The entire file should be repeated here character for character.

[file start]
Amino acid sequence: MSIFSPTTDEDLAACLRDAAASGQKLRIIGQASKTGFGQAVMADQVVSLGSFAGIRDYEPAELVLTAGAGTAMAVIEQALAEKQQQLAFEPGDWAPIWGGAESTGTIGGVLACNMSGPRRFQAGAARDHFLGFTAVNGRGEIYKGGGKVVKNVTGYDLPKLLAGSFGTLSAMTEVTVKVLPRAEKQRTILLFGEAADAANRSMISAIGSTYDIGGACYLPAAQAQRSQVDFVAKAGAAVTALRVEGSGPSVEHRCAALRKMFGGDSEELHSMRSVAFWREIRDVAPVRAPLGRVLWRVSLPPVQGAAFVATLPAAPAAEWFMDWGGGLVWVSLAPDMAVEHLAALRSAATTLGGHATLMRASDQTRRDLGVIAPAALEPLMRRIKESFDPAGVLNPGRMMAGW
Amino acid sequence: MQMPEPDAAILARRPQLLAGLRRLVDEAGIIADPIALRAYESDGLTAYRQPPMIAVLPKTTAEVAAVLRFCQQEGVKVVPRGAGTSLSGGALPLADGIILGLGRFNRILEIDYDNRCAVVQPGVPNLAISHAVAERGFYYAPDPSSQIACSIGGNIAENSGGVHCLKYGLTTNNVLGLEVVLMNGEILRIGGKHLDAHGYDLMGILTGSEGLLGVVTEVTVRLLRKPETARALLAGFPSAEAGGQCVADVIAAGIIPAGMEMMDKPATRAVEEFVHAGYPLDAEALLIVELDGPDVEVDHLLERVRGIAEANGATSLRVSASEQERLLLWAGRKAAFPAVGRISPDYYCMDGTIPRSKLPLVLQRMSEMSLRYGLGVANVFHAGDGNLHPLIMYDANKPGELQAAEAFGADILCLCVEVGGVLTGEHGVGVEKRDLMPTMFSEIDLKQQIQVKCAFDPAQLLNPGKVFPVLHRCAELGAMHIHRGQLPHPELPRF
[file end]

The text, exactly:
Amino acid sequence: MSIFSPTTDEDLAACLRDAAASGQKLRIIGQASKTGFGQAVMADQVVSLGSFAGIRDYEPAELVLTAGAGTAMAVIEQALAEKQQQLAFEPGDWAPIWGGAESTGTIGGVLACNMSGPRRFQAGAARDHFLGFTAVNGRGEIYKGGGKVVKNVTGYDLPKLLAGSFGTLSAMTEVTVKVLPRAEKQRTILLFGEAADAANRSMISAIGSTYDIGGACYLPAAQAQRSQVDFVAKAGAAVTALRVEGSGPSVEHRCAALRKMFGGDSEELHSMRSVAFWREIRDVAPVRAPLGRVLWRVSLPPVQGAAFVATLPAAPAAEWFMDWGGGLVWVSLAPDMAVEHLAALRSAATTLGGHATLMRASDQTRRDLGVIAPAALEPLMRRIKESFDPAGVLNPGRMMAGW
Amino acid sequence: MQMPEPDAAILARRPQLLAGLRRLVDEAGIIADPIALRAYESDGLTAYRQPPMIAVLPKTTAEVAAVLRFCQQEGVKVVPRGAGTSLSGGALPLADGIILGLGRFNRILEIDYDNRCAVVQPGVPNLAISHAVAERGFYYAPDPSSQIACSIGGNIAENSGGVHCLKYGLTTNNVLGLEVVLMNGEILRIGGKHLDAHGYDLMGILTGSEGLLGVVTEVTVRLLRKPETARALLAGFPSAEAGGQCVADVIAAGIIPAGMEMMDKPATRAVEEFVHAGYPLDAEALLIVELDGPDVEVDHLLERVRGIAEANGATSLRVSASEQERLLLWAGRKAAFPAVGRISPDYYCMDGTIPRSKLPLVLQRMSEMSLRYGLGVANVFHAGDGNLHPLIMYDANKPGELQAAEAFGADILCLCVEVGGVLTGEHGVGVEKRDLMPTMFSEIDLKQQIQVKCAFDPAQLLNPGKVFPVLHRCAELGAMHIHRGQLPHPELPRF